"Sky High" is the name of a 1975 single by British pop music group Jigsaw. The song, the main title theme to the film entitled The Man from Hong Kong, was a worldwide hit in the latter part of 1975, reaching number three on the Billboard Hot 100 and number two on the Adult Contemporary chart in the United States. It was composed by Clive Scott and Des Dyer of Jigsaw. The orchestral arrangement was by Richard Hewson. It was also a top 10 single in the UK Singles Chart. The 1975 Australian single was released under the name "British Jigsaw" because there was an established and popular local band called "Jigsaw".


May 4, 2019

Lyin' Eyes by Eagles (1975)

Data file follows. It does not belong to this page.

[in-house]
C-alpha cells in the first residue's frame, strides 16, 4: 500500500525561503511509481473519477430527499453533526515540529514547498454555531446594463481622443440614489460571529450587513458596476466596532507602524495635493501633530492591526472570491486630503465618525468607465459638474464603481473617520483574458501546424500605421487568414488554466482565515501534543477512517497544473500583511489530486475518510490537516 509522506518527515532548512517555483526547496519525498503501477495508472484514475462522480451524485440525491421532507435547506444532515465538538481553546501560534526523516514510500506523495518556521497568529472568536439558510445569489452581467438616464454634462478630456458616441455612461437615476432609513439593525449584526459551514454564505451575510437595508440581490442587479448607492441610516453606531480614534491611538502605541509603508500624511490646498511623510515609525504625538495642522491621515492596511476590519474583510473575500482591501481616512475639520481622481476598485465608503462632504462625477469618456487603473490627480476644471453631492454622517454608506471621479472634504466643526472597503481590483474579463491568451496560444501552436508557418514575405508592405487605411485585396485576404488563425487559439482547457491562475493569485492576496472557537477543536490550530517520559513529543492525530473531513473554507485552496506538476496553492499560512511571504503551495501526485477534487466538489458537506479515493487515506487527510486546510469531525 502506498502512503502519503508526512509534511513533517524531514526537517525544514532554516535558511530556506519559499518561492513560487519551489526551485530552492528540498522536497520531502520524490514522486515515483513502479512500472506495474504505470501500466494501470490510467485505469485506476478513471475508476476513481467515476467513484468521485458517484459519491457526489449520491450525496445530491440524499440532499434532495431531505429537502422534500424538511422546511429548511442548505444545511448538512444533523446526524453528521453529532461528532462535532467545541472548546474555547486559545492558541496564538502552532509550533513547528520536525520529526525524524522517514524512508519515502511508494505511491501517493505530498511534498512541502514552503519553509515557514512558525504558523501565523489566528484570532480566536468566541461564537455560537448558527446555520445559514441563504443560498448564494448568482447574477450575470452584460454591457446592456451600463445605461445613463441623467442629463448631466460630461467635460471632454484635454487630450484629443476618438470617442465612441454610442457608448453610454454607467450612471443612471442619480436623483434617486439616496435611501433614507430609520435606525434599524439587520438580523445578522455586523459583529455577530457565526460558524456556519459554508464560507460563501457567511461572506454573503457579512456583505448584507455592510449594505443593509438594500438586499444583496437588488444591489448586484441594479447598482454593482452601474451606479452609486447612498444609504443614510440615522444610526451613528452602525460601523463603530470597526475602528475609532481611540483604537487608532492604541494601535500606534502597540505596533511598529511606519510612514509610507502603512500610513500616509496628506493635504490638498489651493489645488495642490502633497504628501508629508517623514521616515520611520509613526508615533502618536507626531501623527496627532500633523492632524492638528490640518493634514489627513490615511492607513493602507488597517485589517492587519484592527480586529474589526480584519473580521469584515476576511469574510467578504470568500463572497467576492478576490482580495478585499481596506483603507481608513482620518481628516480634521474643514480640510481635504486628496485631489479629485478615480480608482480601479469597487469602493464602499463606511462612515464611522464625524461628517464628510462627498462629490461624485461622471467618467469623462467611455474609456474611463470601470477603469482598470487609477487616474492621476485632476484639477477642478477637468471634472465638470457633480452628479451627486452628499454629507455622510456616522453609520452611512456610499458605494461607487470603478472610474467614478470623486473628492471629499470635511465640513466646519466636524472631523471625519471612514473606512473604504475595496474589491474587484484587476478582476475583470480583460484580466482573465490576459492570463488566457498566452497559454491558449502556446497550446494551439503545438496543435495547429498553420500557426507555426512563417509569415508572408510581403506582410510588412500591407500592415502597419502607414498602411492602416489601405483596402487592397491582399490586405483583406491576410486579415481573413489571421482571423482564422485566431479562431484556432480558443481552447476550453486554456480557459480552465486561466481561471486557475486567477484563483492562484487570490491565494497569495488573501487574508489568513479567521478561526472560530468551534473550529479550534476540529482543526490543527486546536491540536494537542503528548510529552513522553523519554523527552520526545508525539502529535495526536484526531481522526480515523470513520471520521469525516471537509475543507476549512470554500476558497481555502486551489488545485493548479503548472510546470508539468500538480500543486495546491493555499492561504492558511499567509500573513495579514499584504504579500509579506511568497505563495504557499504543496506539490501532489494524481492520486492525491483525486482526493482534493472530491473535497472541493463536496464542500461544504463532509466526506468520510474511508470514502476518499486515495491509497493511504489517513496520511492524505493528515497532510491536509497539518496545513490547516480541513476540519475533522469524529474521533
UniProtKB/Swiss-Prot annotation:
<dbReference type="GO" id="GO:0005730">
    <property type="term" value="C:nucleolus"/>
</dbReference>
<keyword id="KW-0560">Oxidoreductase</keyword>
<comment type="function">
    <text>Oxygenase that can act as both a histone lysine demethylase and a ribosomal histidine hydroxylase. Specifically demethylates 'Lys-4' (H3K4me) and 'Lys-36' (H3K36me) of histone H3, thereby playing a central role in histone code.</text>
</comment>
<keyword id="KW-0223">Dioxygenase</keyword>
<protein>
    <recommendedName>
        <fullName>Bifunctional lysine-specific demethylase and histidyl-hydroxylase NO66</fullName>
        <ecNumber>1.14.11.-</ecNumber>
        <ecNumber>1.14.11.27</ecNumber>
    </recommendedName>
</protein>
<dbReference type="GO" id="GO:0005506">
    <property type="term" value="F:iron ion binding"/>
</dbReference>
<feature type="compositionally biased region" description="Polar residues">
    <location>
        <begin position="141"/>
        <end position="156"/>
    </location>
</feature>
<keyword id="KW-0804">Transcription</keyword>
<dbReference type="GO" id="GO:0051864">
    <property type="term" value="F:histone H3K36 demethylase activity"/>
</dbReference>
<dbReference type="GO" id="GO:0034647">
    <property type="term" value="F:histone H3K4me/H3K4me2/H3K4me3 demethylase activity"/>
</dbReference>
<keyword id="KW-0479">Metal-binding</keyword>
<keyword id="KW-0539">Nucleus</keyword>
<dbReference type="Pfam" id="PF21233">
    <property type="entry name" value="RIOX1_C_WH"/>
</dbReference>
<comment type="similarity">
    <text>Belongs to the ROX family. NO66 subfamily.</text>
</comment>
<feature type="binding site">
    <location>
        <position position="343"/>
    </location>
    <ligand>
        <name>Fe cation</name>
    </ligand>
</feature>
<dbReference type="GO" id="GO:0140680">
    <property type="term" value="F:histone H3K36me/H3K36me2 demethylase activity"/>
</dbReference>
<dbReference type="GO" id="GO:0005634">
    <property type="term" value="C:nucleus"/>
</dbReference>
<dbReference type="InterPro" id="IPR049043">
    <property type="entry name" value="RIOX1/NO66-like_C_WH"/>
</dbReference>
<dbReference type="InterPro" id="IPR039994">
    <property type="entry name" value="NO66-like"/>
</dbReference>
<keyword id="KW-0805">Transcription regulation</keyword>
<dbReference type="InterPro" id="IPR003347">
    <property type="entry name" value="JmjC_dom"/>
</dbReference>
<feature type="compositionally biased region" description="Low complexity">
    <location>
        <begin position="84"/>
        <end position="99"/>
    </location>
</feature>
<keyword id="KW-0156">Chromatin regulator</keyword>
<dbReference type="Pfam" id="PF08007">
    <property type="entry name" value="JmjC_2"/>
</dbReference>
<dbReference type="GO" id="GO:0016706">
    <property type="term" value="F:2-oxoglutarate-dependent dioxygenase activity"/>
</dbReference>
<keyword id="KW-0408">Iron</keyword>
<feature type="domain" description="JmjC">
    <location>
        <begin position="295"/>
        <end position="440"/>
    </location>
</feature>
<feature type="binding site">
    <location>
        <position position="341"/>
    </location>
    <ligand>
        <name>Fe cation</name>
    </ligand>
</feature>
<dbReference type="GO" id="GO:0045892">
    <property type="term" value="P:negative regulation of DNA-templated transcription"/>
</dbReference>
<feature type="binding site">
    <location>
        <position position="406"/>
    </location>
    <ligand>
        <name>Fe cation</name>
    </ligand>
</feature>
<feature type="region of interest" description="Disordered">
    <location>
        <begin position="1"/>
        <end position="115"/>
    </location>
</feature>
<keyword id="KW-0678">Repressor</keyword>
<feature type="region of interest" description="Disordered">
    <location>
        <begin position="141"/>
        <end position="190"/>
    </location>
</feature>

Lyin' Eyes by Eagles (1975)
"Lyin' Eyes" is a song written by Don Henley and Glenn Frey and recorded in 1975 by the American rock band the Eagles, with Frey singing lead vocals. It was the second single from their album One of These Nights, reaching No. 2 on the Billboard Hot 100 chart and No. 8 on the Billboard Country chart. It remained their only top 40 country hit until "How Long" in 2007–2008.




Among the many covers of "Lyin' Eyes" are Lynn Anderson's 1976 recording and Kenny Rankin's 1980 version on his After The Roses album. Diamond Rio also covered the song on the 1993 compilation Common Thread: The Songs of the Eagles. Dolly Parton has long cited the song as a personal favorite; she performed it on her 1976 variety show Dolly!